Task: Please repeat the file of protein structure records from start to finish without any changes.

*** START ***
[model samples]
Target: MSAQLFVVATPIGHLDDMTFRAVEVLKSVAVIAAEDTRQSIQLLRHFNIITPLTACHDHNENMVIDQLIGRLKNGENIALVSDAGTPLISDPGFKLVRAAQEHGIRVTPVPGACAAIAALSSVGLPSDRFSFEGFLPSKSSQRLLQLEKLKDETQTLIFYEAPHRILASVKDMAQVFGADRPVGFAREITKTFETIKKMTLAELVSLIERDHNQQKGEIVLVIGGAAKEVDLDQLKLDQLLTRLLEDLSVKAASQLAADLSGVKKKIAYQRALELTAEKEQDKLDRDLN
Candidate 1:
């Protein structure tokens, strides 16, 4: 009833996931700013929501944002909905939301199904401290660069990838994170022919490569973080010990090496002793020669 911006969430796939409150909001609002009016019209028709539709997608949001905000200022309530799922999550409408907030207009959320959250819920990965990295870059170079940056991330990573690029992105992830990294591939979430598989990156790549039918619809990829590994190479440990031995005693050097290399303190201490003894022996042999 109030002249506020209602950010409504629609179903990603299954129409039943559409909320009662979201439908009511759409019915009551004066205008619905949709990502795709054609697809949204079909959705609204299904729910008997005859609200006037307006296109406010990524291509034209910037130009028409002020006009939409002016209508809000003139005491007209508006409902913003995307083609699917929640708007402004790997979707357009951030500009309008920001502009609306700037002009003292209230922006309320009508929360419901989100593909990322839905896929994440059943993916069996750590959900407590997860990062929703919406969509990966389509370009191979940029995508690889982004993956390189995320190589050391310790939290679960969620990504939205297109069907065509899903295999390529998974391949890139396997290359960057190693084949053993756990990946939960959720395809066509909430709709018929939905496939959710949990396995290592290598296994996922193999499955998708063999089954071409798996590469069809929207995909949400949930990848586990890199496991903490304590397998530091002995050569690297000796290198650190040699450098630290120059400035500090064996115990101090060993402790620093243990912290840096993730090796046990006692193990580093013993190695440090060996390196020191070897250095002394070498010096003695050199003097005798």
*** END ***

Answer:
[model samples]
Target: MSAQLFVVATPIGHLDDMTFRAVEVLKSVAVIAAEDTRQSIQLLRHFNIITPLTACHDHNENMVIDQLIGRLKNGENIALVSDAGTPLISDPGFKLVRAAQEHGIRVTPVPGACAAIAALSSVGLPSDRFSFEGFLPSKSSQRLLQLEKLKDETQTLIFYEAPHRILASVKDMAQVFGADRPVGFAREITKTFETIKKMTLAELVSLIERDHNQQKGEIVLVIGGAAKEVDLDQLKLDQLLTRLLEDLSVKAASQLAADLSGVKKKIAYQRALELTAEKEQDKLDRDLN
Candidate 1:
């Protein structure tokens, strides 16, 4: 009833996931700013929501944002909905939301199904401290660069990838994170022919490569973080010990090496002793020669 911006969430796939409150909001609002009016019209028709539709997608949001905000200022309530799922999550409408907030207009959320959250819920990965990295870059170079940056991330990573690029992105992830990294591939979430598989990156790549039918619809990829590994190479440990031995005693050097290399303190201490003894022996042999 109030002249506020209602950010409504629609179903990603299954129409039943559409909320009662979201439908009511759409019915009551004066205008619905949709990502795709054609697809949204079909959705609204299904729910008997005859609200006037307006296109406010990524291509034209910037130009028409002020006009939409002016209508809000003139005491007209508006409902913003995307083609699917929640708007402004790997979707357009951030500009309008920001502009609306700037002009003292209230922006309320009508929360419901989100593909990322839905896929994440059943993916069996750590959900407590997860990062929703919406969509990966389509370009191979940029995508690889982004993956390189995320190589050391310790939290679960969620990504939205297109069907065509899903295999390529998974391949890139396997290359960057190693084949053993756990990946939960959720395809066509909430709709018929939905496939959710949990396995290592290598296994996922193999499955998708063999089954071409798996590469069809929207995909949400949930990848586990890199496991903490304590397998530091002995050569690297000796290198650190040699450098630290120059400035500090064996115990101090060993402790620093243990912290840096993730090796046990006692193990580093013993190695440090060996390196020191070897250095002394070498010096003695050199003097005798």